21 January, 2018

A string of DNS protocol bugs.

I went to turn on DNSSEC for cqx.ltd.uk today - the server that signed it broken right before my Christmas busy period so I disabled DNSSEC on that zone until I got round to fixing it.

I've encountered three different apparent protocol implementation bugs in the space of a few hours:

  • Andrews and Arnold's web based control panel accepts DS records as generated by BIND's dnssec-keygen tool but then throws a complicated looking error when talking to Nominet, the UK domain registry, to put those records where they need to be. As far as I can tell, this is because the BIND output has whitespace in the middle of a hex string, something RFC 4034 s5.3 seems to think is acceptable. Why is installing crypto keys always so hard?
  • For a while, Hetzner's recursive resolvers were unable to verify (and therefore refused to answer) results for my zone. I have a suspicion (but I don't have much to go on other than a hunch) that this was something to do with DS records and the actual zone having some kind of mismatch - although Google Public DNS at, and Verisign's DNSSEC checker both worked ok.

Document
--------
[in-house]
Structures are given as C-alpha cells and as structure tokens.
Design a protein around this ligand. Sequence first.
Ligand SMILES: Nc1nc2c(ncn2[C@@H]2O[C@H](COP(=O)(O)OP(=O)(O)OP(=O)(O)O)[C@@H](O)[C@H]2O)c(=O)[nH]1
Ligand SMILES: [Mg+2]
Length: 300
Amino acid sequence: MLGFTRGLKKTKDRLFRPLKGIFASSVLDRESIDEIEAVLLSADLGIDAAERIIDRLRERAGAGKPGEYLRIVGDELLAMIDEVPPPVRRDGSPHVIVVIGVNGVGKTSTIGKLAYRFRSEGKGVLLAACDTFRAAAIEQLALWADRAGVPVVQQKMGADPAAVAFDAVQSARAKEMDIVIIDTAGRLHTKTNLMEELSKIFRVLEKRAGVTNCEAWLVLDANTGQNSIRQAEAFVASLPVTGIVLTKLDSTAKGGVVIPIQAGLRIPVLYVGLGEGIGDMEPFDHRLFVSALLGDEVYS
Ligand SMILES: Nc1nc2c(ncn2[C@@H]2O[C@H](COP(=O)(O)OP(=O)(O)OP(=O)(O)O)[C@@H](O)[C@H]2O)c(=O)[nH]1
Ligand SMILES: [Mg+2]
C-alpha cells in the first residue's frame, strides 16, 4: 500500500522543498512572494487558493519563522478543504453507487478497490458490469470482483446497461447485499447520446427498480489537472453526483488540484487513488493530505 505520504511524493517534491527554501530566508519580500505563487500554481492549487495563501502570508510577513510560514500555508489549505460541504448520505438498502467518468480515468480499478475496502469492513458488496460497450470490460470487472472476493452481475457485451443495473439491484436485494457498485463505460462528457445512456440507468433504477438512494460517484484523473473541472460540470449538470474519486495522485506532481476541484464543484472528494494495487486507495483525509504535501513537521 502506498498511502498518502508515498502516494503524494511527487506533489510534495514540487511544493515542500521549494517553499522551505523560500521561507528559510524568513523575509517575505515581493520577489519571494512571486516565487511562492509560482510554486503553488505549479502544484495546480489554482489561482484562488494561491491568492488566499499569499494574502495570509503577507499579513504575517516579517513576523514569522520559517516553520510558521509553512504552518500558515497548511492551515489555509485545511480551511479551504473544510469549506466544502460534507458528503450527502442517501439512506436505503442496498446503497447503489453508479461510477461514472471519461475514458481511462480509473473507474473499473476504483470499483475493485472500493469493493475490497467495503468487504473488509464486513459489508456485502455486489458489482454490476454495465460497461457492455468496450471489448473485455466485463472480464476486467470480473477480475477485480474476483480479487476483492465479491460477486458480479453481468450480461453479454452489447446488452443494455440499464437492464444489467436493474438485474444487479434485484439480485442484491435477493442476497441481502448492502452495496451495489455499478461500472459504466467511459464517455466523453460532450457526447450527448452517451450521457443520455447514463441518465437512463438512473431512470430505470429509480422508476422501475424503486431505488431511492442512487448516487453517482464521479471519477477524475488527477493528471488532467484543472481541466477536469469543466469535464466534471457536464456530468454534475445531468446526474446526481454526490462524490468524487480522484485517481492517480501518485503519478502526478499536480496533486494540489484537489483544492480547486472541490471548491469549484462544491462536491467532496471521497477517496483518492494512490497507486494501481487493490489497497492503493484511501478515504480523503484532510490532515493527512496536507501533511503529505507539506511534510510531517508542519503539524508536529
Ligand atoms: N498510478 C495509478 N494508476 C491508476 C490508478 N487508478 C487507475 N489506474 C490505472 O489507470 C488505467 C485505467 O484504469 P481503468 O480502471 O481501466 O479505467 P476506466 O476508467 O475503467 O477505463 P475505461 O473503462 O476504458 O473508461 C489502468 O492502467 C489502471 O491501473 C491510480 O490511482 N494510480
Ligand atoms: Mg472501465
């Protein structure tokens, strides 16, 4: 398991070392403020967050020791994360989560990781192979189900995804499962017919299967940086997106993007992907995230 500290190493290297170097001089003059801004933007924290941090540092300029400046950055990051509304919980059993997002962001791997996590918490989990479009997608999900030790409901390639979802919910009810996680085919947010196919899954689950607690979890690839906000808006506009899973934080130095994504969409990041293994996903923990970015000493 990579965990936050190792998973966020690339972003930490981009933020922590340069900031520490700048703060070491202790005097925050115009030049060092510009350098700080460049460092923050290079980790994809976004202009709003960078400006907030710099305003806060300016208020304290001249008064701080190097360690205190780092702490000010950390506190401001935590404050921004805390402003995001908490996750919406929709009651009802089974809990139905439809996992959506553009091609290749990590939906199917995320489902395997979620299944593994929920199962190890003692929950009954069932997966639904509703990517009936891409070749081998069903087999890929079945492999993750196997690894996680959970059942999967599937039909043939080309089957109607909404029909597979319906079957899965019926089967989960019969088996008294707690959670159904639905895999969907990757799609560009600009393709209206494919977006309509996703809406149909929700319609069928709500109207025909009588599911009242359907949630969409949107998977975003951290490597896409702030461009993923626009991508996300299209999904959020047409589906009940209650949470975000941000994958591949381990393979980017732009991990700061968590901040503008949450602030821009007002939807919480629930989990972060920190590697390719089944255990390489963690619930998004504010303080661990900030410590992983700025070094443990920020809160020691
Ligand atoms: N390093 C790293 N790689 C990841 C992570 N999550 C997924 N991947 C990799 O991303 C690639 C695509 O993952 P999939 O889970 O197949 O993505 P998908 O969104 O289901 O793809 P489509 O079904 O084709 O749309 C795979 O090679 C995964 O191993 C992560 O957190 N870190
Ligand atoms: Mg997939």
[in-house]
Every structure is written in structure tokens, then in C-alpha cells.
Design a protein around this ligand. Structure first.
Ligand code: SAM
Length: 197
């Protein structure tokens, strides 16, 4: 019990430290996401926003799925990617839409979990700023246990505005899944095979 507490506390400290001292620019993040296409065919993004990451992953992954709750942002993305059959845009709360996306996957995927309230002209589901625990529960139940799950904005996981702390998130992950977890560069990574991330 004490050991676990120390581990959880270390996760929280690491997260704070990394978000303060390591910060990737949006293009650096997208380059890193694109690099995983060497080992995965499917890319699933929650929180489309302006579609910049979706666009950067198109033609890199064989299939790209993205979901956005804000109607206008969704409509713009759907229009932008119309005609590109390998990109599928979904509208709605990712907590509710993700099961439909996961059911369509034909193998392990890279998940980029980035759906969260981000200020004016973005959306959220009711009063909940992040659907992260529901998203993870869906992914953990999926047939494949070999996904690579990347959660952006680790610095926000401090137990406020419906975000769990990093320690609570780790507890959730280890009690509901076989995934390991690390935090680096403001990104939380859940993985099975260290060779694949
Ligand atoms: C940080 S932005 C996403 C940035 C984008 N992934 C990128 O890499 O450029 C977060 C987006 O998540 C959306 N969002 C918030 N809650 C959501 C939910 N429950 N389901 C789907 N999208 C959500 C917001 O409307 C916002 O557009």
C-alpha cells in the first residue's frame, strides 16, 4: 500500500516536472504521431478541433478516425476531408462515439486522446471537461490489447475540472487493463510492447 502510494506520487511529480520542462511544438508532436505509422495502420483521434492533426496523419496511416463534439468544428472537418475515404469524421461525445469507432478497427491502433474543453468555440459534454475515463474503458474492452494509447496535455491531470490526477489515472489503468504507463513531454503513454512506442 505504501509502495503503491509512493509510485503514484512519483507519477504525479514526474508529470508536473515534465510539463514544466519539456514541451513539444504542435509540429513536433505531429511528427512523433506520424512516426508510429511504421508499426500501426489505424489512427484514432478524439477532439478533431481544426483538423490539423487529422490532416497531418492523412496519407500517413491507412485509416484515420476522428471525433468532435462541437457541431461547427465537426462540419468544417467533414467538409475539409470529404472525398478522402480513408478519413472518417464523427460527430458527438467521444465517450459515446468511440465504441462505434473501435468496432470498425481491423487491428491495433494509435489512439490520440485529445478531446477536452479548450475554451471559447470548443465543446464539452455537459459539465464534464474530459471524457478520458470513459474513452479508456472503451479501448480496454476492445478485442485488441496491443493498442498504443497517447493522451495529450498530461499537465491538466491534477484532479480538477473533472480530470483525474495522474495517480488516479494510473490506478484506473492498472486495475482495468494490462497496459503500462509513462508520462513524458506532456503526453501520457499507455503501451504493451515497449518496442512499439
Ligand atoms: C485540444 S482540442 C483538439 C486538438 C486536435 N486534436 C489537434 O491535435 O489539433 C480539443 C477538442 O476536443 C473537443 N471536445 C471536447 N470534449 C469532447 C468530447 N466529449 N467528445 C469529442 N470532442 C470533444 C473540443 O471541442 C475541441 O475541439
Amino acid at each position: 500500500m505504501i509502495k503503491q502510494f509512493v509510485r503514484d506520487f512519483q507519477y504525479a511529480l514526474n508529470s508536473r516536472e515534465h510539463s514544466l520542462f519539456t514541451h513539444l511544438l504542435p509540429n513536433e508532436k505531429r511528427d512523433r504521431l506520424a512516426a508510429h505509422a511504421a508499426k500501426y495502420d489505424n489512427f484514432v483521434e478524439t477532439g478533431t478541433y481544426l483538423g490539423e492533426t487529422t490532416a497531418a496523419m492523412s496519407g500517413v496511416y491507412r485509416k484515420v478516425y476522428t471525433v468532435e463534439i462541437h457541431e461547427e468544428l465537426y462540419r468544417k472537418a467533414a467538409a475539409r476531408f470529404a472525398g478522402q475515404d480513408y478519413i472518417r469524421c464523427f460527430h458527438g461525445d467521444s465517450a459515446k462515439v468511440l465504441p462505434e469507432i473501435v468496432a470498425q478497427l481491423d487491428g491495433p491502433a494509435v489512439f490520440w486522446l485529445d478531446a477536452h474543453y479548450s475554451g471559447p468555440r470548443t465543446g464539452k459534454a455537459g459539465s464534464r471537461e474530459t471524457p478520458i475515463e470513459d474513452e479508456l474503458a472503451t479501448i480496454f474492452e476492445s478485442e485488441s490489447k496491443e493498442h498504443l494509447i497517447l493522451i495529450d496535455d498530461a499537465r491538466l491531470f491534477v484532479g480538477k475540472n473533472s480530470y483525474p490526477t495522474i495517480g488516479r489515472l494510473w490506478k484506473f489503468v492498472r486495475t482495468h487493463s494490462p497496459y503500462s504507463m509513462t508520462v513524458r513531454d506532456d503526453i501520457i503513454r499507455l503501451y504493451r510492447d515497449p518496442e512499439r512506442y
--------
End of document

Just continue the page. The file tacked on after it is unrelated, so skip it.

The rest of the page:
• I discovered an implementation quirk in the Haskell dns library, which I use inside a debugging tool I'm slowly building. This is to do with the mechanism which DNS uses to compress replies: where a domain name would be repeated in a response, it can be replaced by a pointer to another occurence of that name in the reply. It looks like in this case that the dns library will only accept those pointers if they point to regions of the reply that have specifically already been parsed by the domain name parsing code, rather than pointers to arbitrary bytes in the reply. This is frustratingly familiar to another bug I encountered (at Campus London) where their (not-so) transparent firewall was reordering DNS replies; giving a bug that only manifested when I was sitting in their cafe. (github issue #103)

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